It may be months before a COVID-19 vaccine becomes publicly available, but hundreds in the Los Angeles area can receive a candidate vaccine during a trial that has been cleared to resume and is now seeking participants.
In all, USC Keck, Lundquist Institute, and UCLA Westwood plan to enroll 1,250 participants--though some will randomly be placed in the control group and not receive the trial vaccine.
The global trial of the AstraZeneca candidate, developed with Oxford University, was paused early in September after a participant in the United Kingdom took ill. That came just days after Southern California's first four participants had received vaccinations in Torrance at the Lundquist Institute on the campus of Harbor-UCLA Medical Center. USC Keck and UCLA Westwood had yet to begin enrolling participants.
After an investigation, the United Kingdom approved the AstraZeneca trial quickly to resume. But in the United States, the FDA did not give approval until October 23.
Enrollment of the 250 participants for the UCLA Westwood portion will focus on seeking individuals in demographics affected "disproportionately harshly" by the pandemic, said Keith Norris, MD, Professor at the David Geffen School of Medicine.
"So we're going to be looking at communities of color, elderly, essential workers and frontline workers," Dr. Norris said.
The AstraZeneca candidate is among those that have reached third and final phase of trials. Worldwide, 213 vaccines are in development or trial, according to the Milken Institute COVID-19 Treatment and Vaccine Tracker.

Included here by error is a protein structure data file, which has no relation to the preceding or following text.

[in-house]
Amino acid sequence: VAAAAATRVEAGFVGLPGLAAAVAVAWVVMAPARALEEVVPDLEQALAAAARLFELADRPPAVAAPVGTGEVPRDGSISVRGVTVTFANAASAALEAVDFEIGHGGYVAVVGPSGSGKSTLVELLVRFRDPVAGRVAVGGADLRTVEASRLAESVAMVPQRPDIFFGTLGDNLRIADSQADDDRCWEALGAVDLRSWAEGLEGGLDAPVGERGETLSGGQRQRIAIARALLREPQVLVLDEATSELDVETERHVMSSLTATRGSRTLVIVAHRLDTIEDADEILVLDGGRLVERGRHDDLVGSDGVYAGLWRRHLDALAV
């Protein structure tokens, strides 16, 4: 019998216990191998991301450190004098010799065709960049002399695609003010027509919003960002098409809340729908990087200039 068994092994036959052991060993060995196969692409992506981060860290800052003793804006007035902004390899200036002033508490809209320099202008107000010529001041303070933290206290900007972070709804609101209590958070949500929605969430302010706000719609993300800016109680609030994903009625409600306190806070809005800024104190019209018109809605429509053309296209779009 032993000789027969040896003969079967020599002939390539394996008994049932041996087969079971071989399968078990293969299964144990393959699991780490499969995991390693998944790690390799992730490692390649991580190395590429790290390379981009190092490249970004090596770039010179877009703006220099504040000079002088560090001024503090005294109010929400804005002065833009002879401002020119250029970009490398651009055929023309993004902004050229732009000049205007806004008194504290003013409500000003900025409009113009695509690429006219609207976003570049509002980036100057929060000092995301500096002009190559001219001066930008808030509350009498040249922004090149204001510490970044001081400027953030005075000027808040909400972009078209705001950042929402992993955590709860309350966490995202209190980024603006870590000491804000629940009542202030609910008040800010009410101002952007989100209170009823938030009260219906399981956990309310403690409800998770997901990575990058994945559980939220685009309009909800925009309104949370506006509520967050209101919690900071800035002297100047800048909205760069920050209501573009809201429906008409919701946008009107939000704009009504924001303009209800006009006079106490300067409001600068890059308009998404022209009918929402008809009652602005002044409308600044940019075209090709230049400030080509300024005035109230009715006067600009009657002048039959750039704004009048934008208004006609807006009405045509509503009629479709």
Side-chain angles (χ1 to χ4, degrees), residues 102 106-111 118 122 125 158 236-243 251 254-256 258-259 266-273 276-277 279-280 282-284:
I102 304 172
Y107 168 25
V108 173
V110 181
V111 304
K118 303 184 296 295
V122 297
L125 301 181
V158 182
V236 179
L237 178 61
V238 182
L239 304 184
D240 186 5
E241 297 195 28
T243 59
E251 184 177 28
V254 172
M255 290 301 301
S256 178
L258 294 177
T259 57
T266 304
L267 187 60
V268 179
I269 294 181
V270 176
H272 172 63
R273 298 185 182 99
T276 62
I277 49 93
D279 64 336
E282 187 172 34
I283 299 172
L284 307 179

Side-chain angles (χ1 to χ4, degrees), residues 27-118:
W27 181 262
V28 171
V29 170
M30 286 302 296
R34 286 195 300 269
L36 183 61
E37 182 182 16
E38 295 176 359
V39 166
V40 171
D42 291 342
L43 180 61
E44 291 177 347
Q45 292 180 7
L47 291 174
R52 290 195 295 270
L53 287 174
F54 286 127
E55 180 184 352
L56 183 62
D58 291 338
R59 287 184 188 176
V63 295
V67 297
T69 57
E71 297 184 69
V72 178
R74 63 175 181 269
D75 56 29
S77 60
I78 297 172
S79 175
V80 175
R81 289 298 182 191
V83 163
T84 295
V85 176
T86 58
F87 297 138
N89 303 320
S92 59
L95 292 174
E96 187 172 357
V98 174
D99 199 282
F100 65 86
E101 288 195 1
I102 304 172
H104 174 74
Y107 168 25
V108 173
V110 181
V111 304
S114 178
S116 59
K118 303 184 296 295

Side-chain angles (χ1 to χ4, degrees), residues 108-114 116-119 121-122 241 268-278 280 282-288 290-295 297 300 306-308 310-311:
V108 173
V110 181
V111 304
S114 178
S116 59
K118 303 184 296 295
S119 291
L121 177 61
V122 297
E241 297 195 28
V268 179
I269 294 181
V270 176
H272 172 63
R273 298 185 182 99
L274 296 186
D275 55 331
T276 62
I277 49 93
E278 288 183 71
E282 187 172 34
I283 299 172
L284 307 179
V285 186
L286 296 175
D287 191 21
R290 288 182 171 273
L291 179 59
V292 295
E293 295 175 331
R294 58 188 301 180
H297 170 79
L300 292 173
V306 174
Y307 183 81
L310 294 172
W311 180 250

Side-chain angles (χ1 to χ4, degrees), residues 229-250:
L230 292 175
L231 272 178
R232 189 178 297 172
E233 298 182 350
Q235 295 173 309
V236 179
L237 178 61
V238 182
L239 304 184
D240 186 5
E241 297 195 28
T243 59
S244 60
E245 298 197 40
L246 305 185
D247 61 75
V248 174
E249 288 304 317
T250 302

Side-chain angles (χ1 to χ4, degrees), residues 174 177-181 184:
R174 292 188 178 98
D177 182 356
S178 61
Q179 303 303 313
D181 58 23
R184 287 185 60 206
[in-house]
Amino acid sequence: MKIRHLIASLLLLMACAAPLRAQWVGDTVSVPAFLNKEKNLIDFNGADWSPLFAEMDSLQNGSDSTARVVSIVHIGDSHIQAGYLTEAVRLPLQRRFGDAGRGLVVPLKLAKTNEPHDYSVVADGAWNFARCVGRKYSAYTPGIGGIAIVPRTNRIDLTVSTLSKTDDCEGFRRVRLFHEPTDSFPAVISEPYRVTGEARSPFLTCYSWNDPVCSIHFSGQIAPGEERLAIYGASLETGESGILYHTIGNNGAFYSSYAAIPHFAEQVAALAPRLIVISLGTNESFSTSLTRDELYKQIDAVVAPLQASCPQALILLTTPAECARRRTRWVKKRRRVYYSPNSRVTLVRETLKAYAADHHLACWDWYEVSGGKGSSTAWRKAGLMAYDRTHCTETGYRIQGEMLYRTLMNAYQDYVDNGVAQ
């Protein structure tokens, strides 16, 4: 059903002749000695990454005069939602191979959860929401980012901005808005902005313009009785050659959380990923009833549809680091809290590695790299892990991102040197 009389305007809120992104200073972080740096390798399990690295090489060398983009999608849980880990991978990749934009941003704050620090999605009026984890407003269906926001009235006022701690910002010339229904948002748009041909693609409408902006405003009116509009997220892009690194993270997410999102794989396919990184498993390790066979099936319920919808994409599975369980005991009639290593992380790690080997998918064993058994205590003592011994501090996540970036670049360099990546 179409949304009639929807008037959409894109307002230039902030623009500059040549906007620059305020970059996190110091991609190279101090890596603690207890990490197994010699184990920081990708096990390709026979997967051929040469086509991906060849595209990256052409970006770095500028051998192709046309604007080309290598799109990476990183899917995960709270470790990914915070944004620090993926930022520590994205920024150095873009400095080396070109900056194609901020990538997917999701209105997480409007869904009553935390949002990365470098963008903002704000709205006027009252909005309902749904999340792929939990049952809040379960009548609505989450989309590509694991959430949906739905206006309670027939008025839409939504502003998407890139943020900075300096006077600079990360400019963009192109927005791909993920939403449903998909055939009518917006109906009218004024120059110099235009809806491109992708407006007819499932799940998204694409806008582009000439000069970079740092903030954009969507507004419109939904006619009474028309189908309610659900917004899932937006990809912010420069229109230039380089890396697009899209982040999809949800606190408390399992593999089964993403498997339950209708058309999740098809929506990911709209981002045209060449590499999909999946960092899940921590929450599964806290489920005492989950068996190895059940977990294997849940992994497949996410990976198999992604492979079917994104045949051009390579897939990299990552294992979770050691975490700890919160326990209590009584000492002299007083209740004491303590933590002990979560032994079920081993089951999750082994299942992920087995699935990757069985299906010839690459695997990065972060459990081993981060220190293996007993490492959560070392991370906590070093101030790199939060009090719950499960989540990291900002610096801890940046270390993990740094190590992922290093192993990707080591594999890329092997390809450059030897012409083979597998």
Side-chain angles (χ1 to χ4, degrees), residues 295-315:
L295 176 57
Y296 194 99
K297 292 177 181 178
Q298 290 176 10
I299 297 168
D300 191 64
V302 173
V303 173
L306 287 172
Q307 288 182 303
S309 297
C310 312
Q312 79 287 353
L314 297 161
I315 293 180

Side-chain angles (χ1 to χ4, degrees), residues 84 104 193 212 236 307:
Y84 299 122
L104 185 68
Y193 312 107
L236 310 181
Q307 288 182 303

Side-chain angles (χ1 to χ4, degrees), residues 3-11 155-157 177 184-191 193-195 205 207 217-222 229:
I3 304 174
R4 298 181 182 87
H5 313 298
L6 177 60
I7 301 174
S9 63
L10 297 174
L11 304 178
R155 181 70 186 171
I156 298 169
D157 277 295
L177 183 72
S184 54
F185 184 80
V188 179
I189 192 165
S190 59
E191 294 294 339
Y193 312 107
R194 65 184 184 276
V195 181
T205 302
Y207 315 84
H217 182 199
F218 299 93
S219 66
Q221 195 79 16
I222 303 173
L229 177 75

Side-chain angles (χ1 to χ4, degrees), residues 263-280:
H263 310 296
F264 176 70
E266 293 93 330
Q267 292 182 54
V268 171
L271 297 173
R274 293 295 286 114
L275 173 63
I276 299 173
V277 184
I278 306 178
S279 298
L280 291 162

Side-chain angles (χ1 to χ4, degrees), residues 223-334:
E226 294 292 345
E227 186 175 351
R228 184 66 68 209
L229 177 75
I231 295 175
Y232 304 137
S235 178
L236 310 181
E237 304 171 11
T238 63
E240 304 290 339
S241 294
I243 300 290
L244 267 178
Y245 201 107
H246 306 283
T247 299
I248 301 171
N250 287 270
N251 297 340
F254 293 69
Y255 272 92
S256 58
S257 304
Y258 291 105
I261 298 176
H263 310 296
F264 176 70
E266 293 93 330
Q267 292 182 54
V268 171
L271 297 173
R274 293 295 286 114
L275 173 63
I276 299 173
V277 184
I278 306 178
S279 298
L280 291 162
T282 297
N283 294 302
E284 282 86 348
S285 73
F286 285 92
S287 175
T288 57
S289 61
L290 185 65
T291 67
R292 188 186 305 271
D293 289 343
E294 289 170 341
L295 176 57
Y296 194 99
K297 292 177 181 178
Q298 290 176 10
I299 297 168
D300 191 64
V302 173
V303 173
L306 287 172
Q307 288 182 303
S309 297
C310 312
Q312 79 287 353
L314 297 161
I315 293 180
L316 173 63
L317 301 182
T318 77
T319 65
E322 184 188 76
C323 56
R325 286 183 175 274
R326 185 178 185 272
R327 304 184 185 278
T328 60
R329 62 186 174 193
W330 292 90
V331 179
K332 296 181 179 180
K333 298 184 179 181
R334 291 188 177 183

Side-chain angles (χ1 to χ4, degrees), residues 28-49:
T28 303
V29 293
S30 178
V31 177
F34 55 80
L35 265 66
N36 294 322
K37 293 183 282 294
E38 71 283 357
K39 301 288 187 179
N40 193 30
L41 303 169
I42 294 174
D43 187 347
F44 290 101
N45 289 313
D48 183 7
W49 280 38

The paused third phase trial for the Johnson and Johnson vaccine has also received permission to resume. Moderna and Pfizer-BioNtech are seen as closest to applying for FDA emergency use authorization, though this week Pfizer revealed that the data and safety monitoring board for its trial has not yet completed an interim efficacy analysis.
Another candidate, from Southern California based ImmunityBio and Nantkwest, began its first phase trial last week in Newport Beach at Hoag Hospital.
Los Angeles County Public Health urged residents to consider participating in vaccine trials.
"The truth is that its very important that the group of individuals who participate in these studies be as diverse as possible, so we really have the information to make good decisions," said Jeffrey Gunzenhauser, MD., the department's chief medical officer.
Selected participants will receive two injections four weeks apart, and then need to return for periodic followups over the next two years. The study provides compensation for time and travel expenses.
Those interested in being considered can can submit an application through the website, HelpStopCovid.LA.
Whether any of the vaccine candidates will be effective enough to offer complete immunity or eliminate the SARS-CoV-2 virus is yet to be determined. That's the goal, but Dr. Norris said it is possible that, as with annual flu shots, periodically we will also need to update COVID vaccination.